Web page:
God brought up this verse today in therapy and I thought that it fit perfectly.

I know how great this makes you feel, even though you have to put up with every kind of aggravation in the meantime. Pure gold put in the fire comes out of it proved pure; genuine faith put through this suffering comes out proved genuine. When Jesus wraps this all up, it’s your faith, not your gold, that God will have on display as evidence of his victory”

 1 Peter 1:6,7 (the MSG)

17 thoughts on “A Beautiful Mind”

  1. Beautiful. Thank you for being vulnerable and sharing. I rejoice with you that you are rejecting shame, that there are more moments of peace in your live. May the peace grow and grow.

  2. You go girl!! You are beautiful inside and out. Thank you for sharing the authentic you what a gift your story is to me and I am certain many.

    Keep sharing the gift.


  3. Kimmi, you are a brave and powerful young woman, I am in awe of not just your story, but the truth of overcoming it! people are healed when they hear the truth, your truth WILL touch many lives, I know this!
    proud of you for fighting, proud of you for showing your beauty to the world!

  4. Thank you for sharing Kimmi! I’m so thankful to know how He is working in your life. He who began a good work in you (in each of us) will be faithful to complete it. (0:

  5. Thank you for inviting me into your life Kimmi. I have not known you long but I have seen an amazing transformation in such a short time. Continue to trust God with all your heart and let him lead you and direct your path out of more and more darkness and into more and more light.

  6. Kimmi I’m so glad you shared this! Such a beautiful story! I love that the very thing that has been a downfall for you has also been the thing that God used to save you…You are beautiful and your story is bringing life to me and I know to many others!

  7. Kimmi, I knew of some of your struggles, but not to the extent you just described. In 8th grade I knew you hurt and often hid from the pain. I had no idea of the depth of your pain and sorrow. There’s only one point I want to make after reading this tonight: shame should have no part in your vocabulary. You were a victim. You have been trying your hardest to live beyond abuse. You needed help. You are accepting that help. You are a survivor. You are loved!
    I am so proud of you, Kimmy!
    Ms. Schlieder

    1. I accept what you said. thx for encourageing me. I remember you during that time and I remember you trying to reach out to me in little ways. I will always remember the journal…The one I never wrote in but always took it around with me and held it close to me like the bear I got from Wilson..I will never forget..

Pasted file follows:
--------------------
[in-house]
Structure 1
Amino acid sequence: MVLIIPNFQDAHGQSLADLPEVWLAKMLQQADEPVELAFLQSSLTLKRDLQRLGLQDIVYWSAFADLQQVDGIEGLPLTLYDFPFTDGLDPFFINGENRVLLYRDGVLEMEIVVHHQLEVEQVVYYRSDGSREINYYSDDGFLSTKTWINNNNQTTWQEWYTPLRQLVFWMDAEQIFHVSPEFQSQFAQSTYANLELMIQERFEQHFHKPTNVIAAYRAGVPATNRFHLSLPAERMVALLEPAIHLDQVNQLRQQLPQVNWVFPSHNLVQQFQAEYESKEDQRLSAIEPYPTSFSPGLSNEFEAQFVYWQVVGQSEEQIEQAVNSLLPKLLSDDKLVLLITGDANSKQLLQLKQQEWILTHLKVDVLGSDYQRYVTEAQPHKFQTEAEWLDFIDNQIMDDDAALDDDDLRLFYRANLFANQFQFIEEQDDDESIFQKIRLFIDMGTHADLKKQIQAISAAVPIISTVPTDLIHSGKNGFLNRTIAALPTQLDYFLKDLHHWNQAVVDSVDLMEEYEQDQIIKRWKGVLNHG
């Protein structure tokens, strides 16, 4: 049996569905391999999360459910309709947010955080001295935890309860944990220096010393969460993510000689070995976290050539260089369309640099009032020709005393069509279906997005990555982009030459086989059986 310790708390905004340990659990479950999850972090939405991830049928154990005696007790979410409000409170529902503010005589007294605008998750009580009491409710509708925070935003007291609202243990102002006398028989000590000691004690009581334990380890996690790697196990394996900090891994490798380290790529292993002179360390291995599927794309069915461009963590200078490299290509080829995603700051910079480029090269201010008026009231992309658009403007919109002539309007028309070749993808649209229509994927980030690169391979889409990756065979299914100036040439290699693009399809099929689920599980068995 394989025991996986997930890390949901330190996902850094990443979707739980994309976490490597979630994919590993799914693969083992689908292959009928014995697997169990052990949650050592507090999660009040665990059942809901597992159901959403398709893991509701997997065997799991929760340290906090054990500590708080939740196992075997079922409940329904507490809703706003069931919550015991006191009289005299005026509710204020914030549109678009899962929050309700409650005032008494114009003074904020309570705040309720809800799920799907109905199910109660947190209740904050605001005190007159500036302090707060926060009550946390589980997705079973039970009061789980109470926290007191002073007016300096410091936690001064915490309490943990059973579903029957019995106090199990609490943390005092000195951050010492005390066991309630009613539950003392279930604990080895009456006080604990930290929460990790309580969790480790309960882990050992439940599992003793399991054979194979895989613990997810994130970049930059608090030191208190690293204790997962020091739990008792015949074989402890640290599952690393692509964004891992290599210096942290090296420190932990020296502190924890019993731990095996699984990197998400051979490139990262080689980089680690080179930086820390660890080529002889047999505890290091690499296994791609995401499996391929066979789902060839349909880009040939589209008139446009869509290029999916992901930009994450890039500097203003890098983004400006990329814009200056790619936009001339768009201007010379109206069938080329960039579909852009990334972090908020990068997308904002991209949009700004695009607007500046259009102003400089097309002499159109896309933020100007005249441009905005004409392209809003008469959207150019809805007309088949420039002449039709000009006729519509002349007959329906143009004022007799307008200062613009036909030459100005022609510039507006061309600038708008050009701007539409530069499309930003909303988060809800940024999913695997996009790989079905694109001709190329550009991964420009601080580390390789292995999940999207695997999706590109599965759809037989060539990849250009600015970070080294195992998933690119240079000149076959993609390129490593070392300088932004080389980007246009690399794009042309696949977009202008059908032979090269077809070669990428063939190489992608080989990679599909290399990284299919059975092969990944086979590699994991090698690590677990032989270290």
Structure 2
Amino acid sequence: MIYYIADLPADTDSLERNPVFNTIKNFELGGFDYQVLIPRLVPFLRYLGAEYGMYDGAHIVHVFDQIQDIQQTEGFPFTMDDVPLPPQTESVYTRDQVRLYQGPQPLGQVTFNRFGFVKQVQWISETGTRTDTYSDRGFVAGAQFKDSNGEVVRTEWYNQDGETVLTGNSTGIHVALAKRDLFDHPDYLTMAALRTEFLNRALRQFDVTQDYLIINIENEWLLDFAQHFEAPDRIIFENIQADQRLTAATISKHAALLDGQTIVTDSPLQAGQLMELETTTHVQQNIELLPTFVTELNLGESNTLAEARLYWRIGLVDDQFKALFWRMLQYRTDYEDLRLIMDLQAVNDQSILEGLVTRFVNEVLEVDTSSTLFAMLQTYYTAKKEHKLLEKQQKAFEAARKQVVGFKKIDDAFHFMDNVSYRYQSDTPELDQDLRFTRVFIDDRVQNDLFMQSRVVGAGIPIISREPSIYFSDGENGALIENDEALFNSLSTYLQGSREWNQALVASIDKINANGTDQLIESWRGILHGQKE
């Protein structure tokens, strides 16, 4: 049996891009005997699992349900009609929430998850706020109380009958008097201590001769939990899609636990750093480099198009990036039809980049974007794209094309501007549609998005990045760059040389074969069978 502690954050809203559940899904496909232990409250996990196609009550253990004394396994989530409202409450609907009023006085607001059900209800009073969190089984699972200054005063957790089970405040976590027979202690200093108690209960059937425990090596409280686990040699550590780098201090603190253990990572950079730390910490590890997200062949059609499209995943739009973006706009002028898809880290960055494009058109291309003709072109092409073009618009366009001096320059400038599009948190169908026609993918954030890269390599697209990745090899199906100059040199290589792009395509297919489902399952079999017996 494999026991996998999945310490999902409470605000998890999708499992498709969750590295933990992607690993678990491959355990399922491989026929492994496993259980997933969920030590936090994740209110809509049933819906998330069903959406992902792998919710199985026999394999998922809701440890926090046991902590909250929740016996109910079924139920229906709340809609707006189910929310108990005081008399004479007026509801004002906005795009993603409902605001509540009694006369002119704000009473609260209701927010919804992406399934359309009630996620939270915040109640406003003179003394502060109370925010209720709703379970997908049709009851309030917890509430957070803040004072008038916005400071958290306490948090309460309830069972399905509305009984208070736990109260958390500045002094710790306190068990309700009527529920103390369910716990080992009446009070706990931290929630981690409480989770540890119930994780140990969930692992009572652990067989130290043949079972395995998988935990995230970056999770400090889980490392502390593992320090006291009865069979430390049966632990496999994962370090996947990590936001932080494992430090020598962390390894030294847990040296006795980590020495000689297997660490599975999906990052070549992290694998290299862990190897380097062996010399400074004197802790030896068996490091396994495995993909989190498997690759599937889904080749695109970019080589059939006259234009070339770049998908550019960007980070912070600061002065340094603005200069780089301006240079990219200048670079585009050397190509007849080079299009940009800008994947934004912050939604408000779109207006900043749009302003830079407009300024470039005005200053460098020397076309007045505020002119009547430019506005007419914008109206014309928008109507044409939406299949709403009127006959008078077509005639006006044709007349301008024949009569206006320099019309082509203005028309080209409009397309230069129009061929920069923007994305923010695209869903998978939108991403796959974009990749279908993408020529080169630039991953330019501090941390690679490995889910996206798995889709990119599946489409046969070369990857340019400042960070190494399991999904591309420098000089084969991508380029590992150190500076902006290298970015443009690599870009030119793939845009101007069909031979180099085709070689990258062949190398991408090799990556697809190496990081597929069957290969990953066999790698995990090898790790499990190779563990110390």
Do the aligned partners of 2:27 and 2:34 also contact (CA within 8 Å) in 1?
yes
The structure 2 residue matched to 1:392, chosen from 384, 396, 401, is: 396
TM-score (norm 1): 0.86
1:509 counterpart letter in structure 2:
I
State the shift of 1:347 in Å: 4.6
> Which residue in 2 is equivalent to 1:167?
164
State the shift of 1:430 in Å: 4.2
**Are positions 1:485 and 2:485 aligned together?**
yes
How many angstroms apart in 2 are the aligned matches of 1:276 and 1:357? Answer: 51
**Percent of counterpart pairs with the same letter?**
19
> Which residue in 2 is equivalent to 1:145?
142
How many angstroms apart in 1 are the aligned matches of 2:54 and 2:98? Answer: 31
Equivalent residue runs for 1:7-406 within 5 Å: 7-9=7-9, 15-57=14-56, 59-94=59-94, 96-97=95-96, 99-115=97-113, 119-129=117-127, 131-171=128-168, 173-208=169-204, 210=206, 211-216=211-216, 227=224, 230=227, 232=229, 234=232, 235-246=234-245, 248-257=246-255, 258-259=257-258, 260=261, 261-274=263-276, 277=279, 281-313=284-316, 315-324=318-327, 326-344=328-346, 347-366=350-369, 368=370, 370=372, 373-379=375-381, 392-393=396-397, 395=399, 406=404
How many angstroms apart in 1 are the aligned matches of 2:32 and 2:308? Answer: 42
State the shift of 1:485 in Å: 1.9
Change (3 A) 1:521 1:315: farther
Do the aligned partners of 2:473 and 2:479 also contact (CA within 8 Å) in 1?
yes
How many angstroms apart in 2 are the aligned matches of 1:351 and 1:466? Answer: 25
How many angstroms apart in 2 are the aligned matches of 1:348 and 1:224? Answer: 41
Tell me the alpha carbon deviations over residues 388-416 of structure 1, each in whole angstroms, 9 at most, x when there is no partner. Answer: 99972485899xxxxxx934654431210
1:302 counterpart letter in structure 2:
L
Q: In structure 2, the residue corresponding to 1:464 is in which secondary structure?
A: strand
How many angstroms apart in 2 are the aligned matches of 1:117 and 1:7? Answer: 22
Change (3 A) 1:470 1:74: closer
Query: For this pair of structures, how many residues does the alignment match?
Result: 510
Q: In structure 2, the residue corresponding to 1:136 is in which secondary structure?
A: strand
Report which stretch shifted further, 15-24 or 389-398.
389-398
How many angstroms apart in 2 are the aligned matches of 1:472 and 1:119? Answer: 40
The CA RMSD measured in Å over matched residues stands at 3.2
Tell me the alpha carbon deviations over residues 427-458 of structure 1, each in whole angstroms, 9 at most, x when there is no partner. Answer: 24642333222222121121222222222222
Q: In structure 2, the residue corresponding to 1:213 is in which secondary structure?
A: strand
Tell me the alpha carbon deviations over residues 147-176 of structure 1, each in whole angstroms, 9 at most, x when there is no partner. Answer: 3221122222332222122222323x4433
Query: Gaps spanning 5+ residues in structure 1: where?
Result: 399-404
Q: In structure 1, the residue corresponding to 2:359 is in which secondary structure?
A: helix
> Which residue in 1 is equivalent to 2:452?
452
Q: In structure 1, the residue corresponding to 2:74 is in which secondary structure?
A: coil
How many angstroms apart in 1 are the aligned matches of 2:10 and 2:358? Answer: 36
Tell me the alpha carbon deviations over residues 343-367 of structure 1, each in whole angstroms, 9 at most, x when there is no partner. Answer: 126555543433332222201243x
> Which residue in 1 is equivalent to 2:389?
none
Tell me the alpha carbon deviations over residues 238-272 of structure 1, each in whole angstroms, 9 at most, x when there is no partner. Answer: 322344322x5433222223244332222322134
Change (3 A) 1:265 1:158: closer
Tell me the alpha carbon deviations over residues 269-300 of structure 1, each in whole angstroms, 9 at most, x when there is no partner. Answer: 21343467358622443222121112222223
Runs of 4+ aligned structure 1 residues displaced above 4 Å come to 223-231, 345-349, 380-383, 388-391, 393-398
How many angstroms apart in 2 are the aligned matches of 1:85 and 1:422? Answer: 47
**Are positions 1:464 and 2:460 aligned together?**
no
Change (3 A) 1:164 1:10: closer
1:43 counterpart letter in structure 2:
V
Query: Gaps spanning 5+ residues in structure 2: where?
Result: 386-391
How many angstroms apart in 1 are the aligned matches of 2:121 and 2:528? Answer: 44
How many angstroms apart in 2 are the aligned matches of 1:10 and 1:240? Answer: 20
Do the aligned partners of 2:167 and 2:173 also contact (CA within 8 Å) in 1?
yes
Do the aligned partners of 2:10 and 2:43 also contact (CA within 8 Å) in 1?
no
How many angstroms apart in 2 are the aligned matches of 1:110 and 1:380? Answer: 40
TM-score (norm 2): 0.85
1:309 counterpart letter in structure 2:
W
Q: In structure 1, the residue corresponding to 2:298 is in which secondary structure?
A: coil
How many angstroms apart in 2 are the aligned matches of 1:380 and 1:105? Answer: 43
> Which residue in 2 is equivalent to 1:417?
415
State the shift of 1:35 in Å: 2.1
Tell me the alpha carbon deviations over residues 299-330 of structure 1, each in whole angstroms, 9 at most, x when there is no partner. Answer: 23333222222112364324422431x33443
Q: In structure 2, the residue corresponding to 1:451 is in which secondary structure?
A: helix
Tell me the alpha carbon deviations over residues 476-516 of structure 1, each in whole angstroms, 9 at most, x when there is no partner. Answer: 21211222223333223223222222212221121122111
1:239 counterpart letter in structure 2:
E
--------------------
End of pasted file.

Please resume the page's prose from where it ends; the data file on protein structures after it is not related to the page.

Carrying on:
8. Good work, Kimmi! How hard it must be not only to face this, but then to verbalize what you are going through. It is beautiful and amazing how God uses even our brokenness for good. I will pray for your continuing journey, precious little sister.

  9. Thank you and Peggy for choosing to share. I actually read your post several times. For some reason I don’t feel like I’m the person to respond to your story. So I am now – and thank you for sharing.

    You share so much that connects with me. All that is behind your decision and motivation to share is good and sacred.

    You wrote:

    “To my surprise my therapist said that she what she really wanted to talk about today is the progress I’ve made. I REALLY needed to hear this.?

    Recognizing ones steps forward seem most often to be recognized by others rather than oneself. That sounds vague – how about recognizing my steps forward are not often recognized by me, rather they are brought to my attention by those I trust.

    One thing you gave me was validation in how I feel because you were shown that despite your thoughts and feelings your therapist saw your progress and wanted to learn from you. What I take away from this part of your intense sharing-post is that I perhaps am making progress despite my view. You have invited me to step back and assess or process what is going on and maybe I’m doing better.

    Thank you for posting and reading my comment. I don’t know you but I think you probably understand what I’m trying to communicate. I appreciate Peggy for so much — one thing is working with you and there are a million other things — I of course appreciate you for your honesty, vulnerability and specifically your decision to open yourself and share all you have with all the readers.